WASHINGTON – Congressional leaders and the Trump administration were on the verge of reaching an agreement Monday on a draft coronavirus aid bill to further help small businesses and hospitals across the country.
The deal is expected to include an additional $ 310 billion for the federal government’s new paycheck protection program, which was created as part of the last major rescue program to help small businesses survive the coronavirus epidemic and ran out of funding last week. The interim measure is also expected to provide hospitals with an additional $ 75 billion and, according to three sources familiar with the talks, $ 25 billion for testing.
Despite calls from governors, including New York Governor Andrew Cuomo, for funding to directly assist state and local governments, legislation would exclude that money as well as the funding of food stamps – Democratic priorities which, according to Republicans can be negotiated in the next relief bill expected in the coming weeks.
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Negotiators were putting the finishing touches on the legislation, with aides and lawmakers working early Monday morning on some testing issues, according to a source involved in the process. The Democrats in the House are expected to hold four o’clock. Conference call AND Monday.
Some of the final negotiations relate to the policy for managing hospital and test funding. There are questions, for example, whether the tests will be geared towards the public or private sector.
Trump said on Sunday evening at the White House Coronavirus task force that a resolution to the negotiations looks promising and that they may have “a good answer tomorrow.” The president confirmed that hospitals, including those in rural areas, would be part of the deal.
Last week, the paycheck protection program, which offers repayable small business loans, was exhausted, and Democrats and Republicans were stuck on how to put money back. The Democrats demanded that part of the funding be set aside for minority and underserved communities.
The measure is expected to include $ 250 billion for the regular program and an exclusion of $ 60 billion for small businesses owned by minorities, women and those in rural areas. And $ 60 billion for a separate small business disaster program, known as the disaster relief loan program, should be incorporated; $ 50 billion to finance the disaster would be in the form of loans and the remaining $ 10 billion in the form of grants, multiple sources familiar with the negotiations said.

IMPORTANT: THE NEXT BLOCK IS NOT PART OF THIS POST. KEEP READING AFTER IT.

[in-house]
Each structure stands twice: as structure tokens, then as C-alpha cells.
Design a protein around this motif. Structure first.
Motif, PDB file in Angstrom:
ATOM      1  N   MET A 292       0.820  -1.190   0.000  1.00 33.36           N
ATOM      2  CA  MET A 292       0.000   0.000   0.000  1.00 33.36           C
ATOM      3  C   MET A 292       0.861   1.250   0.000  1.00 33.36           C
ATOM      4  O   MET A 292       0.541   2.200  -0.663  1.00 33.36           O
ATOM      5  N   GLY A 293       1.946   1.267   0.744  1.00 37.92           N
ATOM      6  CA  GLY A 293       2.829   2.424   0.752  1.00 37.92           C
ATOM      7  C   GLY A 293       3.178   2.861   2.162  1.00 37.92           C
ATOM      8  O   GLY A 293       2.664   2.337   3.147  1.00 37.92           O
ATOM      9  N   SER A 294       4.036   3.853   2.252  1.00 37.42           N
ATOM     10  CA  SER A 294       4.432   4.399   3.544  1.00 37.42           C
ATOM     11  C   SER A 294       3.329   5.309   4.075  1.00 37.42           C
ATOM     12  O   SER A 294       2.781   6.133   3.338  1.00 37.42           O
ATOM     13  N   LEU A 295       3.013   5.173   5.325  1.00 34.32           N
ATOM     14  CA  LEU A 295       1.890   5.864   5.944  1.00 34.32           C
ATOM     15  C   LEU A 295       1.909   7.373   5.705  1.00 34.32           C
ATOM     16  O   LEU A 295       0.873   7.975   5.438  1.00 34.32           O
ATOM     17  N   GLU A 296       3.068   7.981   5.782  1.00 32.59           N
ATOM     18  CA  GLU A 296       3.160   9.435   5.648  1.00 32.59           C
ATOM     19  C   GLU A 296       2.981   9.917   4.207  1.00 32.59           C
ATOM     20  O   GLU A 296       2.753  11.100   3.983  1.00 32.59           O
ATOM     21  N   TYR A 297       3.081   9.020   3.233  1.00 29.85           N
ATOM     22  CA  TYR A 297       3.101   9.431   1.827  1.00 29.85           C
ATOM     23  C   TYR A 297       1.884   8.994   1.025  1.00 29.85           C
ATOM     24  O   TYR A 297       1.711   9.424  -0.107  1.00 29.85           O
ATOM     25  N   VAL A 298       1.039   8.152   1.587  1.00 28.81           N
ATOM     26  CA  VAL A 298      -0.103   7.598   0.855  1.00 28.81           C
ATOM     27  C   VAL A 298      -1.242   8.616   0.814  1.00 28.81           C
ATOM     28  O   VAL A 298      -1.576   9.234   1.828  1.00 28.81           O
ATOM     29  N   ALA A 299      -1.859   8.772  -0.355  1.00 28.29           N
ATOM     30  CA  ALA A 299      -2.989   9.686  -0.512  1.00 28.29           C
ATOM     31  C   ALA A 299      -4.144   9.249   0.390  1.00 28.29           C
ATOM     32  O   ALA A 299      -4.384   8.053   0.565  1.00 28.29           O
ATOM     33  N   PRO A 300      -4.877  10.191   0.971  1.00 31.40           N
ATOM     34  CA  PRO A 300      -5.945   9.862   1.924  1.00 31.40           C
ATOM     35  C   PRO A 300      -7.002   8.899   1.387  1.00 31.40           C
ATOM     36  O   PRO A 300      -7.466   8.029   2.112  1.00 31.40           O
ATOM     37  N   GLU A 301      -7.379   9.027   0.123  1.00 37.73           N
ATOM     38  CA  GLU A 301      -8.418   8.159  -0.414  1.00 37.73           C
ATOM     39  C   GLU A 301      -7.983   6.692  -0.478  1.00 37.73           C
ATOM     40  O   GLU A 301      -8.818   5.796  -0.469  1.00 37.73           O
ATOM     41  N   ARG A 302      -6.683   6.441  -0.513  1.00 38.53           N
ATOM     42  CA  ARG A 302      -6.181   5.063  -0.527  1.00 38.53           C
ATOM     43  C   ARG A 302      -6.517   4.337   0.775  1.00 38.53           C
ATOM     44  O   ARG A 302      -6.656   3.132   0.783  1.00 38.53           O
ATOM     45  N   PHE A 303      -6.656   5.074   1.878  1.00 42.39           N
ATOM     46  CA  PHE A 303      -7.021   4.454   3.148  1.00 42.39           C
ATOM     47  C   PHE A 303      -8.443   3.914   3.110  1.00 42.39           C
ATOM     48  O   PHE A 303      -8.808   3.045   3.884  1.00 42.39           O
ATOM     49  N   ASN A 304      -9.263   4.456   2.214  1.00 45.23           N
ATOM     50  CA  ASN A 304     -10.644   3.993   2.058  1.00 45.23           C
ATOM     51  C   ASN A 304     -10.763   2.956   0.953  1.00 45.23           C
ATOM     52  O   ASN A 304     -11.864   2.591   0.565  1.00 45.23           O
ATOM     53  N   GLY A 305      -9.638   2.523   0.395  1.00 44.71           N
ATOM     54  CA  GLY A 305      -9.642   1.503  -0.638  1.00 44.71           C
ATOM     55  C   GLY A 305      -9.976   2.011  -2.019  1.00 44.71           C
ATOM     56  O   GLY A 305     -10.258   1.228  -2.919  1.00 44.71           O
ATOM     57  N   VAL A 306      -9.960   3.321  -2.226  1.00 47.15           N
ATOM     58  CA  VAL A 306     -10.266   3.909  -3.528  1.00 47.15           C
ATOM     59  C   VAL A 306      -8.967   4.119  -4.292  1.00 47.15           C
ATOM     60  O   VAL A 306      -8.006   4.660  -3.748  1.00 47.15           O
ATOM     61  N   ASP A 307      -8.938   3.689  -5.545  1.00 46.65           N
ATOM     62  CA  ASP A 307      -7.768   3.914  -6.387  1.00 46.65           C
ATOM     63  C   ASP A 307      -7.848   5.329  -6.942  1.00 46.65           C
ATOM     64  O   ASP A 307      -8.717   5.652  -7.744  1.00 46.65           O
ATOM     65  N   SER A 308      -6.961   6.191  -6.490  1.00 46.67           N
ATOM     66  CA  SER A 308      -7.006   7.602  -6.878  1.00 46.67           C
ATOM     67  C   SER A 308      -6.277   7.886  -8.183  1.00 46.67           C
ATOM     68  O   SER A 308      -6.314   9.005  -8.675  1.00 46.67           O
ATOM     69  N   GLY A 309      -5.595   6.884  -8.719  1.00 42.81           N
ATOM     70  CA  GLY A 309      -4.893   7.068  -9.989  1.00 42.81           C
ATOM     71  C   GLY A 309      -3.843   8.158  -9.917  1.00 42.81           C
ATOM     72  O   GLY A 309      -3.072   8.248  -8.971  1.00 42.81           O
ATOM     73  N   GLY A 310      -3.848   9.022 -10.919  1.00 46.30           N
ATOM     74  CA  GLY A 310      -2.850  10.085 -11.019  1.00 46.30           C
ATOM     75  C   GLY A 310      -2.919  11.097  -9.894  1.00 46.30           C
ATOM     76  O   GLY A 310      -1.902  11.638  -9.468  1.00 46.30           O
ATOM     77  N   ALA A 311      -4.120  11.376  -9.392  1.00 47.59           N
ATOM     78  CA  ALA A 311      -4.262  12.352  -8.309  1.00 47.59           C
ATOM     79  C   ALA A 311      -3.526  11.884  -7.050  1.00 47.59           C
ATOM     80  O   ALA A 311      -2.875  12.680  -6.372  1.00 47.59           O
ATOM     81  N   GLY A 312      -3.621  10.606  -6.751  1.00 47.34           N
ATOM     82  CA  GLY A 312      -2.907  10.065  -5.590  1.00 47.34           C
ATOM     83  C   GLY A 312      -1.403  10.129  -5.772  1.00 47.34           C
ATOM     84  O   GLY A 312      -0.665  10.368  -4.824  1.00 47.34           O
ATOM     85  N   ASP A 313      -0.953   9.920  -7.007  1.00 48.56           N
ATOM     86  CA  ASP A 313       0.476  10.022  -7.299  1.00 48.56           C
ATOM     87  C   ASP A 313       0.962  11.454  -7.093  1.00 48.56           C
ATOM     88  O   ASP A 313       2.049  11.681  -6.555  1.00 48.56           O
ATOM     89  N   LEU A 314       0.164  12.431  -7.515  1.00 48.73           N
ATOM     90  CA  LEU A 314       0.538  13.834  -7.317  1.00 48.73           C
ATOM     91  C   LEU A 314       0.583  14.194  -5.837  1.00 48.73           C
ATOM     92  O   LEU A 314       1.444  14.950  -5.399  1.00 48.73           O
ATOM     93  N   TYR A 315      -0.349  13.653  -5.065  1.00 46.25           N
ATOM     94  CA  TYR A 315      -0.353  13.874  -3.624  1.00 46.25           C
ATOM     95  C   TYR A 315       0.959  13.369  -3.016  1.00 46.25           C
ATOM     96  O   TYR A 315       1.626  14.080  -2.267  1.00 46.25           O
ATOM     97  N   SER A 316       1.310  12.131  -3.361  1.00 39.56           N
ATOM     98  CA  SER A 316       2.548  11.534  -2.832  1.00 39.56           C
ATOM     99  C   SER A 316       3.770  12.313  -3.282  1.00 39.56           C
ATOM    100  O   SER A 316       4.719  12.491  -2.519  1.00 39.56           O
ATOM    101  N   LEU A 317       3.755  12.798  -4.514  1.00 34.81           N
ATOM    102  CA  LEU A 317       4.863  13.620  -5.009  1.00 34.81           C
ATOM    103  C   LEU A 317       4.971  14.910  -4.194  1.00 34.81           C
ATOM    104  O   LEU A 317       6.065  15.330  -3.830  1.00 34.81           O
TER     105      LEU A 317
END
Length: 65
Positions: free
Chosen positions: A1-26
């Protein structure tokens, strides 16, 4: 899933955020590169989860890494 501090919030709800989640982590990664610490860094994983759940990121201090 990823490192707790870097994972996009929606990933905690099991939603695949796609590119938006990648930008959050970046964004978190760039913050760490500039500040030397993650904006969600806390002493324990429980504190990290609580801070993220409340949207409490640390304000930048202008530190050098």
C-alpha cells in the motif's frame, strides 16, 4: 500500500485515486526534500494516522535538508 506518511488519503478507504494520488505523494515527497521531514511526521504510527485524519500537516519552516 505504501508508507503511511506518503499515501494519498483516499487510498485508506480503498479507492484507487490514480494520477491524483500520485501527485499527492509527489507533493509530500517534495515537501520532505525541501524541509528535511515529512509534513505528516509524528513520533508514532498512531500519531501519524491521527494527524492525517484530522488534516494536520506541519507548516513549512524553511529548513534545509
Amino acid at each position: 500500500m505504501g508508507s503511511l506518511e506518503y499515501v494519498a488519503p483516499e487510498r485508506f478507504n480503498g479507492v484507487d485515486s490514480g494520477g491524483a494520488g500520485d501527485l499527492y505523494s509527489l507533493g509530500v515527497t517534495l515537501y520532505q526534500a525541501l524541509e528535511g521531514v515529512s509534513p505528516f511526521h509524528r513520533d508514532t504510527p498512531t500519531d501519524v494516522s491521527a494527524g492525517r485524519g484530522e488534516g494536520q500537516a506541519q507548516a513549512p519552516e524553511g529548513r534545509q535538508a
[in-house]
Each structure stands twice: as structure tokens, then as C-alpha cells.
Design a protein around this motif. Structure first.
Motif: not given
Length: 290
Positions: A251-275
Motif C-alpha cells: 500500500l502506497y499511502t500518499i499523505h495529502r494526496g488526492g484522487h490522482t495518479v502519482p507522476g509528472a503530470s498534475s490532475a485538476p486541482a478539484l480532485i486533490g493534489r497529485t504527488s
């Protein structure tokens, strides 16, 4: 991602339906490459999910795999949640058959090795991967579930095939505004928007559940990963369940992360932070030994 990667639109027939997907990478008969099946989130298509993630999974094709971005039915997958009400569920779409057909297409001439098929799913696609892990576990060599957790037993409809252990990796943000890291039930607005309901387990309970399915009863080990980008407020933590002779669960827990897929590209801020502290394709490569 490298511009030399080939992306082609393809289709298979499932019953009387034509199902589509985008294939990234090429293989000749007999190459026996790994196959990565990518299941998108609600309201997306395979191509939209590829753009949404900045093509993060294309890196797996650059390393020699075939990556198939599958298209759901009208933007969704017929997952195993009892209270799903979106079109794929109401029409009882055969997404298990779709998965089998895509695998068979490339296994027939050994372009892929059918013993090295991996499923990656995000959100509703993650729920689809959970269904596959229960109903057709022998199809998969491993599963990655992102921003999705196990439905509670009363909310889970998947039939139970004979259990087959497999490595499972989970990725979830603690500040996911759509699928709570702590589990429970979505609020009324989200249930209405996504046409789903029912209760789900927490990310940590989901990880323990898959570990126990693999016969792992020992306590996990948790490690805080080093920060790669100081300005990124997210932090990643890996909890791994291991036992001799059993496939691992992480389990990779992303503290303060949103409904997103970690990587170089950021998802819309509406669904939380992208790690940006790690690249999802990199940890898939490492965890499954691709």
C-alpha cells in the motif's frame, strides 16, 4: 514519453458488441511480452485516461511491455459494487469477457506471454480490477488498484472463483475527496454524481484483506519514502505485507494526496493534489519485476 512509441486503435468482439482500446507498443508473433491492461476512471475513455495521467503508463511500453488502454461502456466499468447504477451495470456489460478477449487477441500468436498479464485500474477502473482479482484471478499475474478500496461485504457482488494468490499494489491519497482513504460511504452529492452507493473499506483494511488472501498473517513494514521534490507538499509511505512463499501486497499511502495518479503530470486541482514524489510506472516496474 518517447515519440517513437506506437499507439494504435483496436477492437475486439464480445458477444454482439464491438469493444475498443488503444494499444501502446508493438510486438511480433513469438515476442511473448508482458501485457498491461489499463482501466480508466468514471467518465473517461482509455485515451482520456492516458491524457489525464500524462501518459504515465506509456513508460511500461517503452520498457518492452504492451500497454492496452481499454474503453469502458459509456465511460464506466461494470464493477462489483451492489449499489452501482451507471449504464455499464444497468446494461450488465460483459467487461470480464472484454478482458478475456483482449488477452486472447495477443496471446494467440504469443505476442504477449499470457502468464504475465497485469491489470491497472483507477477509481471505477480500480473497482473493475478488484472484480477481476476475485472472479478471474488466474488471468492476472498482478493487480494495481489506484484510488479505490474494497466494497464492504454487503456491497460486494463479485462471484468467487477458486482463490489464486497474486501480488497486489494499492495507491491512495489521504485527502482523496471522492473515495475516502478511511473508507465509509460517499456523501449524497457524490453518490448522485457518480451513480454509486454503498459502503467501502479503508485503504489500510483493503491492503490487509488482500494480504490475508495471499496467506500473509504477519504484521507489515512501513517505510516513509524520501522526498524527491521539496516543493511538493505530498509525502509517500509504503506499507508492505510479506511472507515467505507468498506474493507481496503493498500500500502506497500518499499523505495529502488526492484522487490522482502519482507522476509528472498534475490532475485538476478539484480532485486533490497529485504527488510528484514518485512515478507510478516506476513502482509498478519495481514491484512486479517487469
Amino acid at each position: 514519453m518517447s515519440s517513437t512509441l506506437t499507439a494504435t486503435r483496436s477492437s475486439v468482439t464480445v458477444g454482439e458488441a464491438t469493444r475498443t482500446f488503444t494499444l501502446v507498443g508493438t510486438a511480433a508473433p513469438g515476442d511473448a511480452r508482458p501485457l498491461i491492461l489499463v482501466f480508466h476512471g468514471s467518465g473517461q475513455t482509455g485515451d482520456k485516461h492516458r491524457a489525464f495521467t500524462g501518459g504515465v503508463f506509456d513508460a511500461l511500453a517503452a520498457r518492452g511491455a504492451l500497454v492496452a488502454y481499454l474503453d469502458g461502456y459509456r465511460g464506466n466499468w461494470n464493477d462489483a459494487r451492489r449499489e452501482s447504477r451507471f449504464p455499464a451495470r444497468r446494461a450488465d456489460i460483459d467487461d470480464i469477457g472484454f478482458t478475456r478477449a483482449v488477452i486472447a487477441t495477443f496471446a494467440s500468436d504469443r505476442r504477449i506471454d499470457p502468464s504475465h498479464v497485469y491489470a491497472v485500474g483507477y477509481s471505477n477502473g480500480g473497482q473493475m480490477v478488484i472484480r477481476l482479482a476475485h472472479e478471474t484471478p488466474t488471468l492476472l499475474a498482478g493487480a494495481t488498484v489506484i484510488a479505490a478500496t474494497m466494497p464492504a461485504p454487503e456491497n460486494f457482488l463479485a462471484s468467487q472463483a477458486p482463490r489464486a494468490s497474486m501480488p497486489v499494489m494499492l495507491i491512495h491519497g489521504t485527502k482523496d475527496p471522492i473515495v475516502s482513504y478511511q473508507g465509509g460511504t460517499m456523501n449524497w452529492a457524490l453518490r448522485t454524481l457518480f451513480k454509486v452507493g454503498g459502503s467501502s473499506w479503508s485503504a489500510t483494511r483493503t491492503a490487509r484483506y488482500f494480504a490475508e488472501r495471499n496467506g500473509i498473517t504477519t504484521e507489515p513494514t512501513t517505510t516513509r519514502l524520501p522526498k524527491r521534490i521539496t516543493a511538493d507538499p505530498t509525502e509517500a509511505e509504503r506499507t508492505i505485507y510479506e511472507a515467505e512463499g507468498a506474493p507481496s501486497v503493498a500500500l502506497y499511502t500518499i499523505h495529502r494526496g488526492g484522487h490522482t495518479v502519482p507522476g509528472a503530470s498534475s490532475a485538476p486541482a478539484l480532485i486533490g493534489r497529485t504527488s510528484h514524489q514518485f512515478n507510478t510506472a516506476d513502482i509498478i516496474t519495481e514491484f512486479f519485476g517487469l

To vote on the bill once the agreement is reached, the Senate could potentially adopt it by unanimous consent, which could only happen if no senator objects. On the other hand, the House is almost certainly unable to adopt it by unanimous consent. Majority House Leader Steny Hoyer, D-Md., Issued instructions to lawmakers on Sunday saying the House could meet as early as 10 am Wednesday to consider the legislation.
Spokesperson for Speaker of the House Nancy Pelosi, D-Calif., Tweeted Monday to minority leader Kevin McCarthy, R-Calif., Accusing the GOP of delaying the vote by insisting on a recorded vote at the House which will bring all the members to DC as of Wednesday morning.
Lawmakers were at home in their districts during the coronavirus outbreak and are expected to return to Washington for voting as there is no remote voting capacity in place. Some Democrats have come up with the idea of voting by proxy, in which a current member could vote on Capitol Hill on behalf of another member, which would force members to agree to changing the rules.
Democrats may also need to win some Republican votes after some progressive lawmakers, including Representative Alexandria Ocasio-Cortez, D-N.Y., Have expressed opposition to the developing legislation.
“If it matches what has been reported, I will not support this bill,” she said.